Every Labour Day celebrations Kenyans are treated to political and economic power plays between employers, the government and trade unions over the country’s minimum wage.
Trade unions often push to have the minimum wage raised to reflect the inflationary pressures whilst the employers often protest that shouldering the burden of additional wages will cut the bottom line.
This year, the head of the Central Organization of Trade Unions, COTU Francis Atwoli rekindled the debate during a meeting with labour sector officials.
“The widely believed concept by some employers and governments that higher levels of minimum wage increase unemployment have since been disapproved and research now shows that minimum wage setting increases employment and productivity and therefore leads to increased economic growth hence more chances of creating employment opportunities,” he explained.
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The federation of Kenya Employers, FKE has over the years lobbied the government especially, in the months leading to Labour Day not to increase the minimum wage.
“We need sober discussions between trade unions, employers, and the ministry. We must take into account all the factors for wage determination, including productivity, ability of our economy to create jobs, and the impact of wage increases on the ability of the informal sector to operate,” FKE Executive Director Jackline Mugo told the Standard in an interview earlier this year.
Both employers’ and trade unions’ viewpoints are accurate to a certain extent.
Kenya’s minimum wage policy was introduced before independence with the objection of reducing poverty and promoting the living standards of workers.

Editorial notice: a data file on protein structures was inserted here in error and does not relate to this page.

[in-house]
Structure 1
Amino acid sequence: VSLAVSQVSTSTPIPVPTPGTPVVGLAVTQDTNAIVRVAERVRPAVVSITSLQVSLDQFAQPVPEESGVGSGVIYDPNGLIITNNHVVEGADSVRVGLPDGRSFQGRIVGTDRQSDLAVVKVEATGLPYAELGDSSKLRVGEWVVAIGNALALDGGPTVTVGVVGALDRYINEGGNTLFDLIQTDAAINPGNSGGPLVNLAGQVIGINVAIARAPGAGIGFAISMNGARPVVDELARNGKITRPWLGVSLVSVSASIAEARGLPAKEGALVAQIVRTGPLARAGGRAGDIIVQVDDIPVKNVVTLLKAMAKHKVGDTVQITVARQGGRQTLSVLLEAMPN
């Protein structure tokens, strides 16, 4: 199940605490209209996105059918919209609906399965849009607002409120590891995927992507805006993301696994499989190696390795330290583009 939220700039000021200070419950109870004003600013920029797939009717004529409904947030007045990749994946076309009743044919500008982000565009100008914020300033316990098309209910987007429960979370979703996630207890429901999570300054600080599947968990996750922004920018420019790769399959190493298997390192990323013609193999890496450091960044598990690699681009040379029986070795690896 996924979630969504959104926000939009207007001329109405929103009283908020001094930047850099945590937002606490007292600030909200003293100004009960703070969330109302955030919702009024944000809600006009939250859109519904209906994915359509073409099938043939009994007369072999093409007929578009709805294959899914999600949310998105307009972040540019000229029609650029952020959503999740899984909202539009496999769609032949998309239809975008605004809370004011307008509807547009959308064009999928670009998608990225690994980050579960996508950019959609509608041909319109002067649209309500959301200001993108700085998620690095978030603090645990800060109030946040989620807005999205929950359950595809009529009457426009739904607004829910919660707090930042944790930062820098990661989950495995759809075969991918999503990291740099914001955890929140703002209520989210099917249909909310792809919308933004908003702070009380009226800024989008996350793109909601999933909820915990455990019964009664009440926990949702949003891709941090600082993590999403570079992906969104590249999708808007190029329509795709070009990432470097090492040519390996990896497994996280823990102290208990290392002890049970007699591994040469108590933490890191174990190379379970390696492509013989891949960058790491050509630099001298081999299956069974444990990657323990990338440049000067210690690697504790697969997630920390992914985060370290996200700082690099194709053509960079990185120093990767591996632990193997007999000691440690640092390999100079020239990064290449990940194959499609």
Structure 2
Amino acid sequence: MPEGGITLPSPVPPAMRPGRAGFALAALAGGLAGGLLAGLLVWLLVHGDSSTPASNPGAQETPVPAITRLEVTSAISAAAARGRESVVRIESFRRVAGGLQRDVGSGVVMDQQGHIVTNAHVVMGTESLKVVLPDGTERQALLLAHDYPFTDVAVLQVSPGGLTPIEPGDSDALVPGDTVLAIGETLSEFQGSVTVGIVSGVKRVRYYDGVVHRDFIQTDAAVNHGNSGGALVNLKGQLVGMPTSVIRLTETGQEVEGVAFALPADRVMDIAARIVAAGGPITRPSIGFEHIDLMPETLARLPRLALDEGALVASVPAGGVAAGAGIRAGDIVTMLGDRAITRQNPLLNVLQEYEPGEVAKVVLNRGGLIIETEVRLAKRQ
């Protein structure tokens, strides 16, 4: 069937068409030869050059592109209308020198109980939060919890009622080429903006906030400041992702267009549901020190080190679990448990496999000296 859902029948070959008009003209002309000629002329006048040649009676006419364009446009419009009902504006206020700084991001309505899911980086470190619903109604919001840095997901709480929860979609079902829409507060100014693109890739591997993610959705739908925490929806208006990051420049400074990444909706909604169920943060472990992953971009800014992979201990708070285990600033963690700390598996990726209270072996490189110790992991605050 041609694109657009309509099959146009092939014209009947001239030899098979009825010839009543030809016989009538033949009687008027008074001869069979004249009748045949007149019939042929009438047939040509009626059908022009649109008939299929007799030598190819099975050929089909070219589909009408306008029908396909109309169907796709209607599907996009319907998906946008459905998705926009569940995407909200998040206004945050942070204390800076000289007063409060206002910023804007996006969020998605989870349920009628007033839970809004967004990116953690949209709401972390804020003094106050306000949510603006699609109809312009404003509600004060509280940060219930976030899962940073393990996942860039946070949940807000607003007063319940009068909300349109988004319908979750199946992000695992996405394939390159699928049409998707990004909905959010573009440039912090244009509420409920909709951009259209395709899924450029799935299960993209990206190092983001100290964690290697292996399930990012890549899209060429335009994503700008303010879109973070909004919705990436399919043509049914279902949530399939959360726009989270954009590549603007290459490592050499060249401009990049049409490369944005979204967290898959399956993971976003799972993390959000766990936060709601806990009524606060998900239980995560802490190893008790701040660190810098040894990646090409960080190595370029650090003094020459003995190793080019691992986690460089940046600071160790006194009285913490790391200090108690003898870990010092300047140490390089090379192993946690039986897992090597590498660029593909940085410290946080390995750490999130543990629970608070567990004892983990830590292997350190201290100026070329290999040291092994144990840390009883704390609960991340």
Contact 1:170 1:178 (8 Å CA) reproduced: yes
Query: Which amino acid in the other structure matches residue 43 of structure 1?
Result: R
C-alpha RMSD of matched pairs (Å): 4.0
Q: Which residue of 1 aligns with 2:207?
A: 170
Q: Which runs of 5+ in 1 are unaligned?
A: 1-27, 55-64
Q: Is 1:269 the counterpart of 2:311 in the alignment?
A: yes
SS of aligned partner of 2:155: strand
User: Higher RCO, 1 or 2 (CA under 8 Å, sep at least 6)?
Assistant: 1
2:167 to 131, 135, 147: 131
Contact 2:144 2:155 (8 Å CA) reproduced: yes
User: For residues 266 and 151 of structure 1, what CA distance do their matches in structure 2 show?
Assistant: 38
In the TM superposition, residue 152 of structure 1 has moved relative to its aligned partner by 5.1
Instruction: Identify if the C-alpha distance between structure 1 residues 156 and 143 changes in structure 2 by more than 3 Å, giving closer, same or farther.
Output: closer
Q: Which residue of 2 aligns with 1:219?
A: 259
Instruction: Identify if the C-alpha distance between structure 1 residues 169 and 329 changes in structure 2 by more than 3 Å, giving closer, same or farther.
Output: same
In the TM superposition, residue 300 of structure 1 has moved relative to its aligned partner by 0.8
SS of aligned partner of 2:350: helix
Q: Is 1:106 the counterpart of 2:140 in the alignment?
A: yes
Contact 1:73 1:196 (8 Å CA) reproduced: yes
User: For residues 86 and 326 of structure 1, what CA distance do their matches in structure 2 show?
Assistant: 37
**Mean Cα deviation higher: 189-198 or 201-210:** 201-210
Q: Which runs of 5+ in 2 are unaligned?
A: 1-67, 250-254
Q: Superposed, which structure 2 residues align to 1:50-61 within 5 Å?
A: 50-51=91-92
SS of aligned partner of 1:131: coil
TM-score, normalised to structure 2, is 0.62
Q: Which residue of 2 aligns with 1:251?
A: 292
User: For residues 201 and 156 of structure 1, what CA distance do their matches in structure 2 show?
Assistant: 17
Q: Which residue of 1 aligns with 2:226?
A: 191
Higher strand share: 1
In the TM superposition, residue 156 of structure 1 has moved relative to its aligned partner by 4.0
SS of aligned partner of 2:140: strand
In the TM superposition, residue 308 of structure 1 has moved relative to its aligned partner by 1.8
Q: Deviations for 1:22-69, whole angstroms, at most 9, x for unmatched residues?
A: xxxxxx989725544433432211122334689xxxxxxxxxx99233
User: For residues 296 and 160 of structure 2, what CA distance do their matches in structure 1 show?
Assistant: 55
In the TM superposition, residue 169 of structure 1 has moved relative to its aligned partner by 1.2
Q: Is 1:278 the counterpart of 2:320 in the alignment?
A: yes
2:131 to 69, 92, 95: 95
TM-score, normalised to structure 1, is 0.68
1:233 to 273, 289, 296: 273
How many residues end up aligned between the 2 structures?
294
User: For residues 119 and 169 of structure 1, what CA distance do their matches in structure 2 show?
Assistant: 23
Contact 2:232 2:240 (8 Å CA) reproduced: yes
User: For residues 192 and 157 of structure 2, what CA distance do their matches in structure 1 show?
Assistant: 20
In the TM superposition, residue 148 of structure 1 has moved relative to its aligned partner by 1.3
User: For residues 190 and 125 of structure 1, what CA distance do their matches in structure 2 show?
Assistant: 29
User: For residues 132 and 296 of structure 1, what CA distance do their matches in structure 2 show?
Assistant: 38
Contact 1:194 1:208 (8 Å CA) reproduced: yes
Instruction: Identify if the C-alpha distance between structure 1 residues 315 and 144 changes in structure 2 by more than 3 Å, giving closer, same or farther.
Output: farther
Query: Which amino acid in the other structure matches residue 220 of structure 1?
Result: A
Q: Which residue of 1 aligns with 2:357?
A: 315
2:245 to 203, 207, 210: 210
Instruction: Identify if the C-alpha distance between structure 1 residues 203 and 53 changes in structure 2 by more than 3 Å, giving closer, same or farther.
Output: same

The National Wage Board is a tripartite institution composed of the FKE, COTU and the National Treasury and its key role is to ensure that the minimum wage and collective bargaining agreements are negotiated with the full participation of each stakeholder to guarantee consensus.
According to a paper prepared by the Kenya Institute of Public Policy and Research, KIPPRA for the Salaries and Remunerations Commission, SRC in early 2013 stated that the private sector does not often implement the minimum wage unlike the public sector.
“The private sector pays much less at the lower cadres than the public sector and if we take the lowest public sector wages as the minimum wages set by the government, then the lower wages seen in the private sector at the lower cadres means that most private sector employers of the low skilled and low educated workers do not respect and implement minimum wage legislations.”
It is therefore apparent that most employers in the private sector do not adhere to the minimum wage guidelines, ending up paying their workers at the lower cadres’ wages that are way below the minimum wages.
Implementation of the minimum wage consistent with a desired pay to earn a decent living would help reduce inequalities in this sector. Besides, it is important that the country establishes the basic living earning/wage to inform minimum wage setting.